In Neither an Officer Nor a Gentleman, a pair of twenty-something young men serve for four years in the U.S. Navy from 1967 to 1971, enjoying the adventures of an enlistment man’s life on aircraft carriers and at Virginia Beach during the Vietnam War. They experience everything from the heartbreak of Memphis at Dr. King’s death to the exhilaration of carrier life during tours of duty in the Western Pacific and the Mediterranean.
The boys can’t seem to stay out of trouble as they go from coast to coast, sea to sea, enjoying almost every minute. They drink their combat-filled way from San Diego to Honolulu, to Japan and the Philippines. They drown their liberty hours in beer from Spain, Italy, Greece, Malta, and Crete. They eat anything put in front of them: monkey meat, water buffalo, and even chicken legs miraculously blessed with shin bones. They discover that prostitutes in Olongapo, although harmless, are as unavoidable and as irritating as ants at a church picnic.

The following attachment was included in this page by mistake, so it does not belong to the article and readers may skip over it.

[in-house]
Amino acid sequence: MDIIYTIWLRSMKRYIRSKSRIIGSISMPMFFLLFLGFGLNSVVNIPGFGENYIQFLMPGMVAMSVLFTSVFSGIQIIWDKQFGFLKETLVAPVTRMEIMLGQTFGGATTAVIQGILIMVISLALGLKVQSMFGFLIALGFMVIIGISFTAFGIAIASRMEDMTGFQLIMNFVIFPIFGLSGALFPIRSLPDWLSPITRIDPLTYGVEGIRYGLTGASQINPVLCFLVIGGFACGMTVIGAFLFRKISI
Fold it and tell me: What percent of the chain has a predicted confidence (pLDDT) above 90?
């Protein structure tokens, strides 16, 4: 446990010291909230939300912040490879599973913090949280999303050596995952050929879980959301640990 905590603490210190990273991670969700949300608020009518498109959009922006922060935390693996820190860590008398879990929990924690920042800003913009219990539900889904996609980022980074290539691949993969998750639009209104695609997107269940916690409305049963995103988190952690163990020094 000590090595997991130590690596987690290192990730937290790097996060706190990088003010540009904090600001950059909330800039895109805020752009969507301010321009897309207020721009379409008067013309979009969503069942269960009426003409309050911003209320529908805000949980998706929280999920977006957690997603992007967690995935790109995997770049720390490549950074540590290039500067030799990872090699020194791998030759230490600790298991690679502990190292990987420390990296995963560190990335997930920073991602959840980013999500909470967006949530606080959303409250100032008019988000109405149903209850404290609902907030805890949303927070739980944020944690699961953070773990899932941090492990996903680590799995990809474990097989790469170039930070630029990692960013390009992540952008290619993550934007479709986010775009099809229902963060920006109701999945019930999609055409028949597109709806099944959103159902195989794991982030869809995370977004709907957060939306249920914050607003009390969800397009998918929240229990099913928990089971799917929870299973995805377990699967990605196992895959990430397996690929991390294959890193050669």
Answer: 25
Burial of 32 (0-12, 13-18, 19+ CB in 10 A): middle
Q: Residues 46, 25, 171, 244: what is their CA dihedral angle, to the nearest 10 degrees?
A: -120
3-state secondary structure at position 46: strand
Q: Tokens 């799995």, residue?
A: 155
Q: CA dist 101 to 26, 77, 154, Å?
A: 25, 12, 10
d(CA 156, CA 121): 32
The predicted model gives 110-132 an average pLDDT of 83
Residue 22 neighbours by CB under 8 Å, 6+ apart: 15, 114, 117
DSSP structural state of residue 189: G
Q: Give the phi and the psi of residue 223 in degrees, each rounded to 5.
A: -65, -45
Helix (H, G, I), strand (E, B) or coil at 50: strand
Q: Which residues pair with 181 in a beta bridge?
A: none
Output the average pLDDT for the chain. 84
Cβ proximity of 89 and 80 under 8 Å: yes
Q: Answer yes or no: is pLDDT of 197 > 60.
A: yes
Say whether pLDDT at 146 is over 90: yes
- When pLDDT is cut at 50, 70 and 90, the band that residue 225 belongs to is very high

And they learn to deal with hard work, sadness, fear, loneliness, and boredom — yet they wouldn’t have missed it for the world.